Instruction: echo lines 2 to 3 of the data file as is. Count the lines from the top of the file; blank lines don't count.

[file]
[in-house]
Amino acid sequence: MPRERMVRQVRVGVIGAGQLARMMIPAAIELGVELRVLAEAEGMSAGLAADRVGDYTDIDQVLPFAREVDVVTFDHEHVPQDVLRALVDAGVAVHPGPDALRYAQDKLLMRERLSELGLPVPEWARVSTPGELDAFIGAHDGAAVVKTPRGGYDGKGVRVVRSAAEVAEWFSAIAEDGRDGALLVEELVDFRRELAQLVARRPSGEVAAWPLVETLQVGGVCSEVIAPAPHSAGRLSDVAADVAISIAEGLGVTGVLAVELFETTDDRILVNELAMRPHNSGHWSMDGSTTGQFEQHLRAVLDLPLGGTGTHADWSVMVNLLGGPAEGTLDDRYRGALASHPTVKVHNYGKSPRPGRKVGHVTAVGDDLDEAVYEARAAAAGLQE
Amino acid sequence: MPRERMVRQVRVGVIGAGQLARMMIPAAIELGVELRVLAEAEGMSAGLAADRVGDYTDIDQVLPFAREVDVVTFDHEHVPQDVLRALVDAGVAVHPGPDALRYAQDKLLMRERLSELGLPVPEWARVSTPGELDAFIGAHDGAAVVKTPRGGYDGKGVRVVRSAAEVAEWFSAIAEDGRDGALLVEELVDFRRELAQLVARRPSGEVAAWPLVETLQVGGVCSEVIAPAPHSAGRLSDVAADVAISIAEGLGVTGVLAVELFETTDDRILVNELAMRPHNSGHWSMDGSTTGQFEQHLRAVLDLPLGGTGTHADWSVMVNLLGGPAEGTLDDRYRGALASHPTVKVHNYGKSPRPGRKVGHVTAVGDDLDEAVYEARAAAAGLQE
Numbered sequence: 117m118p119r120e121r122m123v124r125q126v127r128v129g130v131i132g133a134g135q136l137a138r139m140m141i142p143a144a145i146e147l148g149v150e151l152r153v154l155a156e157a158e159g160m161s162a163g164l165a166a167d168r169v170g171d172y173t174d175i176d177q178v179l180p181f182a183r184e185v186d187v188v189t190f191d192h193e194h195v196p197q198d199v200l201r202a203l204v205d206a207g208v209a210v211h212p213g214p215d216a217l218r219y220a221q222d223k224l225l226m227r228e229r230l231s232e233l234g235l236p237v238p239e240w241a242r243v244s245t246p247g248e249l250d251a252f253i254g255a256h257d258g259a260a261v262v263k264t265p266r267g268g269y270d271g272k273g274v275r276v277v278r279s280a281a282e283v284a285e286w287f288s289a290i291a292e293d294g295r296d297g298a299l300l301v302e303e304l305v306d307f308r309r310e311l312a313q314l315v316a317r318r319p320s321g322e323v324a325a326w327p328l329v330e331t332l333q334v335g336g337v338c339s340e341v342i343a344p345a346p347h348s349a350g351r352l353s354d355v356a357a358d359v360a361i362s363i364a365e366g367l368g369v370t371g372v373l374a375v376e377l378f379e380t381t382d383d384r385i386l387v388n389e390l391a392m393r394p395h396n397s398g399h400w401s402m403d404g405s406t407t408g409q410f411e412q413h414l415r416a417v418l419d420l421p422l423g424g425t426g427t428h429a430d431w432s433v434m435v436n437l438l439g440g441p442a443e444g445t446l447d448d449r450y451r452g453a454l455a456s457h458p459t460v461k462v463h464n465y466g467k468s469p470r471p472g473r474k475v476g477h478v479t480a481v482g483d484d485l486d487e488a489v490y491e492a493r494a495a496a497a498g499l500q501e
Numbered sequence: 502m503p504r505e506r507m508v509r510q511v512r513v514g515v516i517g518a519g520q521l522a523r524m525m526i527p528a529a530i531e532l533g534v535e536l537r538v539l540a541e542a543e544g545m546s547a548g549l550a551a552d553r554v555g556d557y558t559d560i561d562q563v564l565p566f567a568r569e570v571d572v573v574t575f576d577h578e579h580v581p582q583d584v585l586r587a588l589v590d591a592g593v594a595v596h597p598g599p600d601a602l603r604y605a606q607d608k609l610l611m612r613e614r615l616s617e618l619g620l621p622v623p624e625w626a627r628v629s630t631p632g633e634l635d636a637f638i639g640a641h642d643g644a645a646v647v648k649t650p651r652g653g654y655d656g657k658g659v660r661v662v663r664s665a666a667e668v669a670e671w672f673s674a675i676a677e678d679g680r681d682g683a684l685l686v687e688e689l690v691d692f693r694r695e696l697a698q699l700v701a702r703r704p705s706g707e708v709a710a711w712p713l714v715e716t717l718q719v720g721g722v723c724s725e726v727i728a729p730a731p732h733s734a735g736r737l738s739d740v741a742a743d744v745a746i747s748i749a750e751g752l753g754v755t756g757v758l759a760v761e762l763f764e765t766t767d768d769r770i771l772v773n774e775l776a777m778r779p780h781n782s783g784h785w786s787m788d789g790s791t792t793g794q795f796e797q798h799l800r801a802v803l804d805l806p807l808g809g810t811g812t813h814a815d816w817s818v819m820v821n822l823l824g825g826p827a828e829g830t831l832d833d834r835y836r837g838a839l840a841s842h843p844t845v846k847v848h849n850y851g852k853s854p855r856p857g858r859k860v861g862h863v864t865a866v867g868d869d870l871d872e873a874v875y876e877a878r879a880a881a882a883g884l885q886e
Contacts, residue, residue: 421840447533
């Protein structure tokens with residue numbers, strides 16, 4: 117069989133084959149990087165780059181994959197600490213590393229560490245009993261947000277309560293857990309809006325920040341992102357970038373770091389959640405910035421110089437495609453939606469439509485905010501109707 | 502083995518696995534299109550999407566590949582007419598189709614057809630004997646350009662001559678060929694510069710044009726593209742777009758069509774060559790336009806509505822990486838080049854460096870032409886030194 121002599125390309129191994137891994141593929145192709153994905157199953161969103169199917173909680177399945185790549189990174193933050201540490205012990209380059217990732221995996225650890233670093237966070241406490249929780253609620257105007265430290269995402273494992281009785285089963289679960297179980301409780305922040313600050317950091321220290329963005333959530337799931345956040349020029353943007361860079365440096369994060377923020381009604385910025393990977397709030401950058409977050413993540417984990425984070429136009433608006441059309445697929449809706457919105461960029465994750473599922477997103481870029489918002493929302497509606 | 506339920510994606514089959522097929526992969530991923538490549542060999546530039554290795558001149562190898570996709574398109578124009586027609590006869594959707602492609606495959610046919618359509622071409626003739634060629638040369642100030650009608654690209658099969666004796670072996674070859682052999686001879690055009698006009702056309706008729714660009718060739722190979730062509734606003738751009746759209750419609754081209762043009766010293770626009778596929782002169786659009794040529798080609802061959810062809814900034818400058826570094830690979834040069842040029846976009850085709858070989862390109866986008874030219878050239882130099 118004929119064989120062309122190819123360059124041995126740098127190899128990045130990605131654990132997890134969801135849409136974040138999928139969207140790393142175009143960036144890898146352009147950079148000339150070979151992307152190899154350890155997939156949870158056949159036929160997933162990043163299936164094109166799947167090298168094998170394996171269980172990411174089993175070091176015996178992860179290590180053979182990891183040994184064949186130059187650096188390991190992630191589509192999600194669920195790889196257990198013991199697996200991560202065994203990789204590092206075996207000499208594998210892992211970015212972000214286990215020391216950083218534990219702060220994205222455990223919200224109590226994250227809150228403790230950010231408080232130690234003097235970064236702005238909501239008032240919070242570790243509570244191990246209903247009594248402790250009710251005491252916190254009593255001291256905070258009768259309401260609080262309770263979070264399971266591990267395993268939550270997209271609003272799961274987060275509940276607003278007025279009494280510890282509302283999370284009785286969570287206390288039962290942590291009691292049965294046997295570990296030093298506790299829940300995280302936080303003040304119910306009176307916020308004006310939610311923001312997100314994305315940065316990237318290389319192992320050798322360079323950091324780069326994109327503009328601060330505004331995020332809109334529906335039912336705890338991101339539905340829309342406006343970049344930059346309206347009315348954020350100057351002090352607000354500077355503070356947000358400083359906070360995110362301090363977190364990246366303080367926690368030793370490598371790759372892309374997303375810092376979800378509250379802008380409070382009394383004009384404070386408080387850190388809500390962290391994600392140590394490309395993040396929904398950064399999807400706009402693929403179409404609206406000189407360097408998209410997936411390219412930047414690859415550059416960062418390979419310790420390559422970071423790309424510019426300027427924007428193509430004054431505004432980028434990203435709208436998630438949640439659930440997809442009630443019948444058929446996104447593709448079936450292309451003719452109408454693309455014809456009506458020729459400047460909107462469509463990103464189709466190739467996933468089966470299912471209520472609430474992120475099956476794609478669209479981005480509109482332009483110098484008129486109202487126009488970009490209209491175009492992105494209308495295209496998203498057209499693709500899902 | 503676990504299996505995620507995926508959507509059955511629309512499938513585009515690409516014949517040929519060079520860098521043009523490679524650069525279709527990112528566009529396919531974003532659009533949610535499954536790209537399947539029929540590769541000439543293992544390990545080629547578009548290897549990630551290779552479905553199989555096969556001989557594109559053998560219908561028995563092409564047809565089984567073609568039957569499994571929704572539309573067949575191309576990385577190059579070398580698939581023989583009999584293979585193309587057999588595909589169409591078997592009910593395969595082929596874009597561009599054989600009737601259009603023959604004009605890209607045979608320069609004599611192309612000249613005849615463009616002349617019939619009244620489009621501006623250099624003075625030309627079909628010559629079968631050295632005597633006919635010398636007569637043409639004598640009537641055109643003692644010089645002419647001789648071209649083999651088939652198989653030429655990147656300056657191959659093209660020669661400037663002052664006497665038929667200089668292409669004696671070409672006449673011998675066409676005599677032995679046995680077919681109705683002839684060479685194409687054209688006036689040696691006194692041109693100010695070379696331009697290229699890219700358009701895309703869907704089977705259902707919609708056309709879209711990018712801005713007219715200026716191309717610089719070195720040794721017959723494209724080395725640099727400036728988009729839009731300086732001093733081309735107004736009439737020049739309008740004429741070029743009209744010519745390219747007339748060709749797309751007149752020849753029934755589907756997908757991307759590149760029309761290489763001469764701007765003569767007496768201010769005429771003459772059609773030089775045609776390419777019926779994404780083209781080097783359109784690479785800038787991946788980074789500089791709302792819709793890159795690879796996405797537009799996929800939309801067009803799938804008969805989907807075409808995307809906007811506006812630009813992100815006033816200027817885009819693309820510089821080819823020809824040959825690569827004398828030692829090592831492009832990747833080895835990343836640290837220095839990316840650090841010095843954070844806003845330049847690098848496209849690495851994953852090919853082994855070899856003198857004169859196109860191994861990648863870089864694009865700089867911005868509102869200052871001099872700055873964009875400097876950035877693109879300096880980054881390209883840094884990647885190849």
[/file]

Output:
Amino acid sequence: MPRERMVRQVRVGVIGAGQLARMMIPAAIELGVELRVLAEAEGMSAGLAADRVGDYTDIDQVLPFAREVDVVTFDHEHVPQDVLRALVDAGVAVHPGPDALRYAQDKLLMRERLSELGLPVPEWARVSTPGELDAFIGAHDGAAVVKTPRGGYDGKGVRVVRSAAEVAEWFSAIAEDGRDGALLVEELVDFRRELAQLVARRPSGEVAAWPLVETLQVGGVCSEVIAPAPHSAGRLSDVAADVAISIAEGLGVTGVLAVELFETTDDRILVNELAMRPHNSGHWSMDGSTTGQFEQHLRAVLDLPLGGTGTHADWSVMVNLLGGPAEGTLDDRYRGALASHPTVKVHNYGKSPRPGRKVGHVTAVGDDLDEAVYEARAAAAGLQE
Amino acid sequence: MPRERMVRQVRVGVIGAGQLARMMIPAAIELGVELRVLAEAEGMSAGLAADRVGDYTDIDQVLPFAREVDVVTFDHEHVPQDVLRALVDAGVAVHPGPDALRYAQDKLLMRERLSELGLPVPEWARVSTPGELDAFIGAHDGAAVVKTPRGGYDGKGVRVVRSAAEVAEWFSAIAEDGRDGALLVEELVDFRRELAQLVARRPSGEVAAWPLVETLQVGGVCSEVIAPAPHSAGRLSDVAADVAISIAEGLGVTGVLAVELFETTDDRILVNELAMRPHNSGHWSMDGSTTGQFEQHLRAVLDLPLGGTGTHADWSVMVNLLGGPAEGTLDDRYRGALASHPTVKVHNYGKSPRPGRKVGHVTAVGDDLDEAVYEARAAAAGLQE